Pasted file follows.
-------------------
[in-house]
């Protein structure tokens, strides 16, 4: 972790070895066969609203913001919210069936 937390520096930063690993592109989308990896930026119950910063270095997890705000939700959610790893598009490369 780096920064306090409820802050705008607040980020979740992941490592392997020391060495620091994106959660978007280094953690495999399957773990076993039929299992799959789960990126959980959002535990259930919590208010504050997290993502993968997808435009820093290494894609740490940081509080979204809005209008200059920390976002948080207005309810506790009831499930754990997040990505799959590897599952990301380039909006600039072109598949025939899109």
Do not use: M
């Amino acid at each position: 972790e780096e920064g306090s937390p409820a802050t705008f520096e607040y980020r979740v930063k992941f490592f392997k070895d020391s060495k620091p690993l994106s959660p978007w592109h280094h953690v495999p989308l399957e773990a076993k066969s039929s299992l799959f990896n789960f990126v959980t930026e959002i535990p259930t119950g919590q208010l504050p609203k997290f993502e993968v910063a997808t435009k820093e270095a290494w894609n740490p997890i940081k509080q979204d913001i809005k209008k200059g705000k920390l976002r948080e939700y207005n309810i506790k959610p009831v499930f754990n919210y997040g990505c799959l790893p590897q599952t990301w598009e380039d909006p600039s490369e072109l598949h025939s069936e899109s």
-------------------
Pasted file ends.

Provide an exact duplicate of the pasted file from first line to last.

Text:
[in-house]
């Protein structure tokens, strides 16, 4: 972790070895066969609203913001919210069936 937390520096930063690993592109989308990896930026119950910063270095997890705000939700959610790893598009490369 780096920064306090409820802050705008607040980020979740992941490592392997020391060495620091994106959660978007280094953690495999399957773990076993039929299992799959789960990126959980959002535990259930919590208010504050997290993502993968997808435009820093290494894609740490940081509080979204809005209008200059920390976002948080207005309810506790009831499930754990997040990505799959590897599952990301380039909006600039072109598949025939899109």
Do not use: M
């Amino acid at each position: 972790e780096e920064g306090s937390p409820a802050t705008f520096e607040y980020r979740v930063k992941f490592f392997k070895d020391s060495k620091p690993l994106s959660p978007w592109h280094h953690v495999p989308l399957e773990a076993k066969s039929s299992l799959f990896n789960f990126v959980t930026e959002i535990p259930t119950g919590q208010l504050p609203k997290f993502e993968v910063a997808t435009k820093e270095a290494w894609n740490p997890i940081k509080q979204d913001i809005k209008k200059g705000k920390l976002r948080e939700y207005n309810i506790k959610p009831v499930f754990n919210y997040g990505c799959l790893p590897q599952t990301w598009e380039d909006p600039s490369e072109l598949h025939s069936e899109s």